Setting up your sled’s suspension

Tune the suspension on your snowmobile according to your body weight and the type of riding you are doing

by Trish Drinkle

A long metal shock sitting in a pan of yellow liquid.
Nitrogen-filled shocks, like the Walker Evans shocks, rely on nitrogen and oil to manipulate your shock pre-load. Dirty oil in the shock may cause it to fail. Trish Drinkle photo

Suspension setup can make or break your riding experience—no two ways about it. Suspension is important for many reasons: it transfers your power to the ground, affects your ability to manoeuvre and handle your sled and it greatly affects how you feel about your sled. Wrestling with your suspension can leave you absolutely exhausted, and completely frustrated by the lack of response your sled demonstrates. 

Units prior to 1990 didn’t have a lot of emphasis put on the suspension of these rides. It was a pretty clunky, bumpy ride. Fast forward into 2013, and you’ll see some of the most technologically advanced units ever built, suspension being one of the main selling features of the units offered in today’s market. Everyone is encouraged to read their owner's manual for the specific information unique to your ride. 

Energy transfer

Ultimately, you want your suspension to be balanced. Adjustments to the front suspension transfer the energy to the rear suspension. Lowering the front will unload the rear, causing it to top out. Raising the front suspension lowers the rear suspension's ride height.

Each rider’s needs are unique. For example, the suspension setup for a 200-pound person would be a completely different setup than one set up for a 120-pound person. The lighter person would probably have a softer setup all around, especially in the front.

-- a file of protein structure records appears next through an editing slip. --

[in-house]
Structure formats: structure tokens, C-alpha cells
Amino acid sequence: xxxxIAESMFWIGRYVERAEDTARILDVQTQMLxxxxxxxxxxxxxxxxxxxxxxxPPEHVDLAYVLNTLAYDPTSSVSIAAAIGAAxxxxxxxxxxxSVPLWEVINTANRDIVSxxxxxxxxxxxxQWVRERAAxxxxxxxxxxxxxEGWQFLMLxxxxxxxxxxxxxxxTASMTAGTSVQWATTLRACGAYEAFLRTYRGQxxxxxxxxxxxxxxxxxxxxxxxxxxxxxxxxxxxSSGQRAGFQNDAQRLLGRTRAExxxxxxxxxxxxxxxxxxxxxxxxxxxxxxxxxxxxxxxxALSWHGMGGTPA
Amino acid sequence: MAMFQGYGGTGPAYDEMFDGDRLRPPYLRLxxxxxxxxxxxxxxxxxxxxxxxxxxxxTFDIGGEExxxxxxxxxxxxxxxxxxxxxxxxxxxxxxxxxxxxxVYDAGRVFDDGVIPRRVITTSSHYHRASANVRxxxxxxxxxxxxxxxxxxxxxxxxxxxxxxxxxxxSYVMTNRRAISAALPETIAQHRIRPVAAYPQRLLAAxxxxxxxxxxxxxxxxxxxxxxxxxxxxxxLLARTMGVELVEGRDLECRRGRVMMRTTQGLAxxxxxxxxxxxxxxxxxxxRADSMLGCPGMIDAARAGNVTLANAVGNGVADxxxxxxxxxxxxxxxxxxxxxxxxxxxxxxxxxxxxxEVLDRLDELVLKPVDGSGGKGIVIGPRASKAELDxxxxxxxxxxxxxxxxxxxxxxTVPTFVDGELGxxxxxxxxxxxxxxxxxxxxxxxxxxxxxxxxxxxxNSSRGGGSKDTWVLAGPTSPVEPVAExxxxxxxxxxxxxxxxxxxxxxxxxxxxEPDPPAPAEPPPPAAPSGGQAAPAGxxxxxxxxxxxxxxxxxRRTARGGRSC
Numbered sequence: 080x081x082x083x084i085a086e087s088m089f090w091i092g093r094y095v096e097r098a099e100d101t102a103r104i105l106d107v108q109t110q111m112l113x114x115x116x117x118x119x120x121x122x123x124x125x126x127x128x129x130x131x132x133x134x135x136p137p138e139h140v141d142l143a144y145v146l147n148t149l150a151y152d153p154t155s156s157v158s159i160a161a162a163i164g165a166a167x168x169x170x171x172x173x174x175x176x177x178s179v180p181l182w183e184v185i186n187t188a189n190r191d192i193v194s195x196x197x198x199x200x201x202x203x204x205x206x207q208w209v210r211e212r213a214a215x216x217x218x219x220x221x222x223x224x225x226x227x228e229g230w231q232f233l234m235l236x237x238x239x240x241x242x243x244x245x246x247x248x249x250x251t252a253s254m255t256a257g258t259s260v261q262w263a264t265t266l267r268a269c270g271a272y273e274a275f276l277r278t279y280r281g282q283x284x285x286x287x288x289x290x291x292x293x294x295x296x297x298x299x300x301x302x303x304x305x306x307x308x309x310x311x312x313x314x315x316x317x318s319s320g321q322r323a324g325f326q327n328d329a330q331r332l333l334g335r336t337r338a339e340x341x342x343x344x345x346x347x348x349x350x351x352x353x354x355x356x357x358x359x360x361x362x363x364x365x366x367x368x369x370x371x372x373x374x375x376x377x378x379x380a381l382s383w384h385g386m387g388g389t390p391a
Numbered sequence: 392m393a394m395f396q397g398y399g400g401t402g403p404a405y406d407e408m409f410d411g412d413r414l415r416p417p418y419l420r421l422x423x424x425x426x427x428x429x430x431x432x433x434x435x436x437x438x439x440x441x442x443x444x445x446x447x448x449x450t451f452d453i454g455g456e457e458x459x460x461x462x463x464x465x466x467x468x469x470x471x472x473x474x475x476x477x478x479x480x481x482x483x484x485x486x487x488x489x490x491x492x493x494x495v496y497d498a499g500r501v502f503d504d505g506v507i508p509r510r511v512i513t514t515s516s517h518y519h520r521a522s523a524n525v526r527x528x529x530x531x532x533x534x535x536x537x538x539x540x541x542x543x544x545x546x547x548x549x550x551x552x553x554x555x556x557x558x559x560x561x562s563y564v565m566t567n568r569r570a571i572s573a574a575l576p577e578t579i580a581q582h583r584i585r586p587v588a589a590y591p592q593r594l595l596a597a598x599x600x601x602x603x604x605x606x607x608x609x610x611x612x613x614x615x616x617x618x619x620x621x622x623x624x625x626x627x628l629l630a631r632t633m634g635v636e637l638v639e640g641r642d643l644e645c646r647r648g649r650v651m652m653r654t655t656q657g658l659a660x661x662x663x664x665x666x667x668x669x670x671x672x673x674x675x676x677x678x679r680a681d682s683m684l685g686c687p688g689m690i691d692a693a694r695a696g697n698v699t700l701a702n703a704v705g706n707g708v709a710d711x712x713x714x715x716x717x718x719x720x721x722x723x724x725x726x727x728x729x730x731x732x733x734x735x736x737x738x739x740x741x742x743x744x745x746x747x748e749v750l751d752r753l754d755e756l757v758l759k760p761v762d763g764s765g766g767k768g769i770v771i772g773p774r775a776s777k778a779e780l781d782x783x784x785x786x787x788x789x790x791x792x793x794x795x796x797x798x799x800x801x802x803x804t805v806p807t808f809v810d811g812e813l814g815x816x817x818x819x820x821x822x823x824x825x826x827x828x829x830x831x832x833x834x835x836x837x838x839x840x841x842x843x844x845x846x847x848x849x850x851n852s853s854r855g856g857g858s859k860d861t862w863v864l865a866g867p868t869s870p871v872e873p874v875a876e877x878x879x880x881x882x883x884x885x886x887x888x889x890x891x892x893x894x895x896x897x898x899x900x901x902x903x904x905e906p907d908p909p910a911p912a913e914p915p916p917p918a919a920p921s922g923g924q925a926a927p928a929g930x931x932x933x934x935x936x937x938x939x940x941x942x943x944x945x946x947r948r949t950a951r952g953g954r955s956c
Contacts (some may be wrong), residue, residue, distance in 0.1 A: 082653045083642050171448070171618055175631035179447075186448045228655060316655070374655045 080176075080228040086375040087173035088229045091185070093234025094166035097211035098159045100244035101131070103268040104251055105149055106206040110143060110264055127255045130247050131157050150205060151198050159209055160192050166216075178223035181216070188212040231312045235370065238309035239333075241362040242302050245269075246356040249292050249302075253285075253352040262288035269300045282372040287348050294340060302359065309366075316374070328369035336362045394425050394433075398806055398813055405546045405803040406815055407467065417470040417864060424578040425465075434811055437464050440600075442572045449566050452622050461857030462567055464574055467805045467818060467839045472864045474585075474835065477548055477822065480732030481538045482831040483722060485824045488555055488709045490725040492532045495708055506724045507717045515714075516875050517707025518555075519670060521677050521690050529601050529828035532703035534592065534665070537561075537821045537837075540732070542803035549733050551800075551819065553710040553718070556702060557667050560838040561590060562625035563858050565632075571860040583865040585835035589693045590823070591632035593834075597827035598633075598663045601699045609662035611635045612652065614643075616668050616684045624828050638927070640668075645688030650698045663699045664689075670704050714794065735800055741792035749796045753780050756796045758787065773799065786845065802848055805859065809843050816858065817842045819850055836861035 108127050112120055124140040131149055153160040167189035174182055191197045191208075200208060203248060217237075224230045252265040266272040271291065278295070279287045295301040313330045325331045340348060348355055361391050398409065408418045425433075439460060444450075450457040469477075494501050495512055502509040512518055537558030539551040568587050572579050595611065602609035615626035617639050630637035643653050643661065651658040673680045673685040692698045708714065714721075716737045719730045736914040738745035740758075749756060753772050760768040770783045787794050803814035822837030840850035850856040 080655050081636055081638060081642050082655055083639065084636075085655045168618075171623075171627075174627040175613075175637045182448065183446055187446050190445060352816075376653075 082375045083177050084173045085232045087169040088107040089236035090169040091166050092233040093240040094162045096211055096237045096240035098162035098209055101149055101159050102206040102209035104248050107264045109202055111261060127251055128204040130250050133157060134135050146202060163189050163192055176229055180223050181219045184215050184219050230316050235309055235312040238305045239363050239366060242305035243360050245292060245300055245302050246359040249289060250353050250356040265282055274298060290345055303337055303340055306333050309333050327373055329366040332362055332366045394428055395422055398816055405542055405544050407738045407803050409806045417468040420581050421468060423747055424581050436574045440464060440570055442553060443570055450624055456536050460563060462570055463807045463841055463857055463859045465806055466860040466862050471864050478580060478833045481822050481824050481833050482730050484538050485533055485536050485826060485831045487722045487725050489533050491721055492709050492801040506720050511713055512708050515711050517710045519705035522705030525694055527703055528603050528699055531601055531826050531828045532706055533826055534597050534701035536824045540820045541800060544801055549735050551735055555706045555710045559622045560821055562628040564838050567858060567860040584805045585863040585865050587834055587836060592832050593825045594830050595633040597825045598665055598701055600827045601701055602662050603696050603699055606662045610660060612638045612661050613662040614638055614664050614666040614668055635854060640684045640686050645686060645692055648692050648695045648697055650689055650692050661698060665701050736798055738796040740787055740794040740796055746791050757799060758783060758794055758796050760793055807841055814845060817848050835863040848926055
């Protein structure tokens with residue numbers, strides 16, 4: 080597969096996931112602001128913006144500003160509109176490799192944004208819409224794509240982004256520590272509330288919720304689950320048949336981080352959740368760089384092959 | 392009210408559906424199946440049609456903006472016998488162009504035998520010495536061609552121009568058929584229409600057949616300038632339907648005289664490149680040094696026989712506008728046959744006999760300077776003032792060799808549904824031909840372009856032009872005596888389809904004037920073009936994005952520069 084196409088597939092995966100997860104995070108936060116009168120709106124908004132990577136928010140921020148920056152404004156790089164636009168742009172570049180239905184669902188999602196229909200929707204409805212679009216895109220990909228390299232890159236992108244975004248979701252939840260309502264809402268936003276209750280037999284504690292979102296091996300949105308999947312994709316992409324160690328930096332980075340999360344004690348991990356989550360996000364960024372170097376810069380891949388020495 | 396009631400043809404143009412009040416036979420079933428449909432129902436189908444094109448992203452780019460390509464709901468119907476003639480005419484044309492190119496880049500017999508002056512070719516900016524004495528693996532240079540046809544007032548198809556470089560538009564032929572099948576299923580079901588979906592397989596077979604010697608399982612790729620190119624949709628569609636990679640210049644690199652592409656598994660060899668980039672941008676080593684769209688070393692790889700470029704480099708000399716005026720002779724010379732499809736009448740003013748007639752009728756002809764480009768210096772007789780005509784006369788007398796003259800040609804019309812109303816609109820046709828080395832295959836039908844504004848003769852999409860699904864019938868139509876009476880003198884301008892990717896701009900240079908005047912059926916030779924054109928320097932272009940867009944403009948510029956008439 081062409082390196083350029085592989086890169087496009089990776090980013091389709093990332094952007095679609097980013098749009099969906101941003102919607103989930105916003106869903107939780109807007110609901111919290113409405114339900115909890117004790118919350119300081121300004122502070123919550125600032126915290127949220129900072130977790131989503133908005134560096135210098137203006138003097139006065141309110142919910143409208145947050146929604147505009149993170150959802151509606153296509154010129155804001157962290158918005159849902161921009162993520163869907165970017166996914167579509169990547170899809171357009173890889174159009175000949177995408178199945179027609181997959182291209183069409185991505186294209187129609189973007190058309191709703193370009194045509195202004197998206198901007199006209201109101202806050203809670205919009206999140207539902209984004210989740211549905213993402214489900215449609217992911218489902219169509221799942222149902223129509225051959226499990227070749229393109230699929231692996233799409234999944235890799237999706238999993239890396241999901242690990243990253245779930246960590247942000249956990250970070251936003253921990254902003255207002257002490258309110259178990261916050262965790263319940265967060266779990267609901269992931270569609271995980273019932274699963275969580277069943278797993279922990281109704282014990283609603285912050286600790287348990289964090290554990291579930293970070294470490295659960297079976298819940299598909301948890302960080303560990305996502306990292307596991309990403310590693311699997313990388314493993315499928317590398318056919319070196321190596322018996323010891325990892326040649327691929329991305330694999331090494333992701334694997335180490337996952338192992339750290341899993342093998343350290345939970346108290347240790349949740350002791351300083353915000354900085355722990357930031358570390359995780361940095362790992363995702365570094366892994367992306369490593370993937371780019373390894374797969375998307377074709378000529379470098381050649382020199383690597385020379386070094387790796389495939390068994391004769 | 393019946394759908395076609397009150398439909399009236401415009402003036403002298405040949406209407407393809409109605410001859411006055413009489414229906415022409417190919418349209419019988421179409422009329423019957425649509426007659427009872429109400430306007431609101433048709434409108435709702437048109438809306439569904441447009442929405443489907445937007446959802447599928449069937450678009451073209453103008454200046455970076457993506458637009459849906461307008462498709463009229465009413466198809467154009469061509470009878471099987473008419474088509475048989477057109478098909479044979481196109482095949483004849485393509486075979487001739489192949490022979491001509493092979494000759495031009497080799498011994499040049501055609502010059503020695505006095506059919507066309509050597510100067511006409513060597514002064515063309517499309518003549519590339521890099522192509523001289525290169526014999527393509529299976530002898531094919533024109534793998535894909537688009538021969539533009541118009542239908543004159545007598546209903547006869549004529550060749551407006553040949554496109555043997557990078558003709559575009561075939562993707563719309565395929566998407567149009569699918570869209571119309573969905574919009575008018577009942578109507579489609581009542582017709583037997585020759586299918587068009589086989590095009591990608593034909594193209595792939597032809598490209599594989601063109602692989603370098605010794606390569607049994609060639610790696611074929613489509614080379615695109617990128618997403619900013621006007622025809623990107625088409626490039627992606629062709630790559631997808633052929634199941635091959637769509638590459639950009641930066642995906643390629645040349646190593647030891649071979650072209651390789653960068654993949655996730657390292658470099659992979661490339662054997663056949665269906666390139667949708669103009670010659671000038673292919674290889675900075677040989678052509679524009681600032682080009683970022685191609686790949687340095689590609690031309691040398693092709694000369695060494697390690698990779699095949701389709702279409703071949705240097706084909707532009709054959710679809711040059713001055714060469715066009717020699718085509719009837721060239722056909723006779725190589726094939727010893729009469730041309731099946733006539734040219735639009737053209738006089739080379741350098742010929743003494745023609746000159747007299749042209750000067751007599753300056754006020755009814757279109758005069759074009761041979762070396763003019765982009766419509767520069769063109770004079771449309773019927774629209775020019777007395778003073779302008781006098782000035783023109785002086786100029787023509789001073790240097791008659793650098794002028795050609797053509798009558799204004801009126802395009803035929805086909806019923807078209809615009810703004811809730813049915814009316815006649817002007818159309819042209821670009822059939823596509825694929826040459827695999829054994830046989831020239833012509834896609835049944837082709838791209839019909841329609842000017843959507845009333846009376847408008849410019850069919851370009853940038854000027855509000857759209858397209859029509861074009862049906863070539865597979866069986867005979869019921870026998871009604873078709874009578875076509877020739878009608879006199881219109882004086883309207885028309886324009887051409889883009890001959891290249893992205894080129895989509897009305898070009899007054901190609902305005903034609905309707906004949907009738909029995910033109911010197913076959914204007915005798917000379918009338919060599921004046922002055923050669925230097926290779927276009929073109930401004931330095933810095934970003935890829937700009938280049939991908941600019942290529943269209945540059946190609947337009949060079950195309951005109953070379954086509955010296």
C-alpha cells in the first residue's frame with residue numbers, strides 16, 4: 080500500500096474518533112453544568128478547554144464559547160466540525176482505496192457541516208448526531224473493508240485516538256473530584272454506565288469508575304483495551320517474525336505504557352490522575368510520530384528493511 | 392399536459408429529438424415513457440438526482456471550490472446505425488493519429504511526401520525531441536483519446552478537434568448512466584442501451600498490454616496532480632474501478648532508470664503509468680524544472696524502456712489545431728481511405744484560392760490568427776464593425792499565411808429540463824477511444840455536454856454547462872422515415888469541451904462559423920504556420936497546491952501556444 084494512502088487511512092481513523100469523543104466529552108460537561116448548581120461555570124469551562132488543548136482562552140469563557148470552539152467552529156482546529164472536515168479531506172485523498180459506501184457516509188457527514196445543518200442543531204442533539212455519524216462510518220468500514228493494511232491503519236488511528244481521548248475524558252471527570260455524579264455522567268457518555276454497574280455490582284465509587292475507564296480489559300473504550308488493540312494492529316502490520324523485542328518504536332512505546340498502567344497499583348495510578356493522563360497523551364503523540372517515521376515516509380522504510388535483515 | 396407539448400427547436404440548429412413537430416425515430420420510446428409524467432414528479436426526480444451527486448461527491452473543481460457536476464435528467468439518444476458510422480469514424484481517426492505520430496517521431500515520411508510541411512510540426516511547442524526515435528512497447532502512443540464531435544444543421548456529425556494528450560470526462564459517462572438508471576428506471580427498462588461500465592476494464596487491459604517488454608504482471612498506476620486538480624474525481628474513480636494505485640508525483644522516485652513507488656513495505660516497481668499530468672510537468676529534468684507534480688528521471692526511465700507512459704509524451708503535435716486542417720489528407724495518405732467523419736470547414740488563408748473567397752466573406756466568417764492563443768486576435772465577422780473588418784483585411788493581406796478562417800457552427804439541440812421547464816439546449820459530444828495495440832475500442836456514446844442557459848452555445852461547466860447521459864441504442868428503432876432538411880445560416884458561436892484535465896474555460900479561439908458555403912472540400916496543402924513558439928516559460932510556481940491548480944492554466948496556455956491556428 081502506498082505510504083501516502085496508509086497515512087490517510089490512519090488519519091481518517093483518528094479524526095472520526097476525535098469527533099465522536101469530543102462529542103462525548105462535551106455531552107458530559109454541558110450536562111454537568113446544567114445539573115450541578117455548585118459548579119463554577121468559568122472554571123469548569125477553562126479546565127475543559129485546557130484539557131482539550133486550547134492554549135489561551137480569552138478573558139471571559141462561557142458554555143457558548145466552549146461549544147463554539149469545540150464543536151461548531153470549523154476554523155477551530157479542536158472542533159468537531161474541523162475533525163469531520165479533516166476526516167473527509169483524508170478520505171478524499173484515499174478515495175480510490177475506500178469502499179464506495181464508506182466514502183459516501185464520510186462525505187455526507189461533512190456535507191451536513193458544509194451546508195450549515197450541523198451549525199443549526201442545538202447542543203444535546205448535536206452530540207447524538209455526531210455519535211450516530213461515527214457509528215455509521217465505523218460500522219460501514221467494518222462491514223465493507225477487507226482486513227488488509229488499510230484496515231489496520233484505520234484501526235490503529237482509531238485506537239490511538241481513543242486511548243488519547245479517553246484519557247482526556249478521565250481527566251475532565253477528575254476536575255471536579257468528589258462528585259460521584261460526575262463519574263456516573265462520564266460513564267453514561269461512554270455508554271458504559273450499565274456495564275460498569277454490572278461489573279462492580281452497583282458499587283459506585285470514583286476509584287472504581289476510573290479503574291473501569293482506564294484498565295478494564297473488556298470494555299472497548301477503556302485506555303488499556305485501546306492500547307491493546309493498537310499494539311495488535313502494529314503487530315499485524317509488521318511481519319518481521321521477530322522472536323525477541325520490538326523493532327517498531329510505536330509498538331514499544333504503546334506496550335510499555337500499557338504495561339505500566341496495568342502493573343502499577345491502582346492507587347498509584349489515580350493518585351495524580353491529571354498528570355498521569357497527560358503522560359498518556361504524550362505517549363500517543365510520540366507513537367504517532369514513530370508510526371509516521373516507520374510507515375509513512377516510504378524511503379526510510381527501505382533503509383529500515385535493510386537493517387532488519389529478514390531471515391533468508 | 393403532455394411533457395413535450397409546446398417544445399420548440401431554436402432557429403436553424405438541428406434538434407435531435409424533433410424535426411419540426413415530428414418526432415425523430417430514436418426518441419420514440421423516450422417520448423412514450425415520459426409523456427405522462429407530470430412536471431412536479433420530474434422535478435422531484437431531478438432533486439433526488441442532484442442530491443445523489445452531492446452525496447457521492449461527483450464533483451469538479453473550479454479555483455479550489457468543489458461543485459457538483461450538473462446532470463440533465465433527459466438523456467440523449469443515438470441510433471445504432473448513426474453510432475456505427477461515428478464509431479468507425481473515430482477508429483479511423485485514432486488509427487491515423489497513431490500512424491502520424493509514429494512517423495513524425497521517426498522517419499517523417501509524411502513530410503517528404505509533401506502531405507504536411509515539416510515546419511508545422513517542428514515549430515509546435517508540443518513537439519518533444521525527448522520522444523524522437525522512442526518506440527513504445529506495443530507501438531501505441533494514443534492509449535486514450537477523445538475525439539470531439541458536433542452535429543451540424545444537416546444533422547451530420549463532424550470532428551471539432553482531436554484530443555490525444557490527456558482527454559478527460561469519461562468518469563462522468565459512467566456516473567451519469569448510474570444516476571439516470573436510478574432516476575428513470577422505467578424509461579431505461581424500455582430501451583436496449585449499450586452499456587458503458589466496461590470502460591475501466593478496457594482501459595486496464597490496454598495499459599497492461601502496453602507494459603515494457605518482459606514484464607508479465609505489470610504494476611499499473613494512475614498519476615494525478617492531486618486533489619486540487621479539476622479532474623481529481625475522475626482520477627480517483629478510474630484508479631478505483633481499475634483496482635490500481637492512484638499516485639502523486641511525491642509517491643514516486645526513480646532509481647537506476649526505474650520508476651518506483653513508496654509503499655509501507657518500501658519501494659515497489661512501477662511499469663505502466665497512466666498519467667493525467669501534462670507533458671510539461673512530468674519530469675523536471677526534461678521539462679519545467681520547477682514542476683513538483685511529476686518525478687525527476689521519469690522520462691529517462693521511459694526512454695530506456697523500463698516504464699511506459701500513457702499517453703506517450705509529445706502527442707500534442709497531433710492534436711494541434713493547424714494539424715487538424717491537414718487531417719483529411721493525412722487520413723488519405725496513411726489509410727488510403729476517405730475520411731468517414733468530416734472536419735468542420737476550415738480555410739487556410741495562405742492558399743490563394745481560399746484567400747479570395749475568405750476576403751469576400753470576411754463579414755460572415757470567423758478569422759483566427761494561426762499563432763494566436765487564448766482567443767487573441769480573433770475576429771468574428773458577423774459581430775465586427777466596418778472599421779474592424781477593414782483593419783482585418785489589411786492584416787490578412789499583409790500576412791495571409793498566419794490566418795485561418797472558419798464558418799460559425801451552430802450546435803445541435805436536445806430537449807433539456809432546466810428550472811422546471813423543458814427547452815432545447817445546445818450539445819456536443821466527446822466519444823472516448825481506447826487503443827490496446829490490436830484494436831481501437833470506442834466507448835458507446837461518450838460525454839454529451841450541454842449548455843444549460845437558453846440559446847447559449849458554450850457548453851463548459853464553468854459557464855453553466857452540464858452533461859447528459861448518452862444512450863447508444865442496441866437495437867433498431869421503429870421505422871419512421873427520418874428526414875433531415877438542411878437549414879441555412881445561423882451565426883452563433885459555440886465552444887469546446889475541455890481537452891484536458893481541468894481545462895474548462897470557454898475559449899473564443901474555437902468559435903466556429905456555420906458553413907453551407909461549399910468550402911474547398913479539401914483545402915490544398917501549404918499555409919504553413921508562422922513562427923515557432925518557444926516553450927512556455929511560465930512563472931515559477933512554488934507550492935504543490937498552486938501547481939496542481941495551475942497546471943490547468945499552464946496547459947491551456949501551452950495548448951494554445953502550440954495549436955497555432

The type of riding also dictates the type of suspension setup. For those who are climbing hills, they tend to want to suck in the limiter straps, preventing the sled from doing wheelies, which reduces the overall contact of the track in the snow. Wheelies are cool to look at but if you want to make it to the top, the track usually has to be touching the snow! If a suspension is set up too stiff, you may find that it wants to just saw its way into the snow, rather than popping up, causing unnecessary stucks.

Shocks

There are a few types of shocks. There are coil shocks—like those that are standard on Arctic Cat M8s. These shocks are adjusted with a simple tool to either increase or decrease the shock pre-load. Nitrogen-filled shocks, such as the Walker Evans shocks, rely on nitrogen and oil to manipulate your shock pre-load. Finally, there are air shocks, as seen in the Fox Floats, which utilize air to adjust pre-load.

When a shock craters, it doesn’t necessarily need a nitrogen or air refill. Quite often what happens is a seal has worn out or failed, causing the shock to lose oil. The reciprocating effect is that the shock will pull in water, which inevitably freezes. This completely collapses the suspension. First thing in the morning, when you pull your sled out, it will seem just fine, but an hour into the ride, all of a sudden there is no play in the shock. This shock needs to be repaired—at the very least, change the shock oil. 

There are some do-it-yourself shock rebuild kids on the market, and your local motorsports dealership can help rebuild that shock for you. If you want to save a few bucks, remove the shock yourself so as to decrease the amount of shop time needed to repair it. 

One of the most important aspects of personalizing your suspension is ensuring your sled has the correct spring rate for your weight. It may be a lot of trial and error at first, but taking the time to set up your suspension for your body and your riding style will make all the difference in the world.

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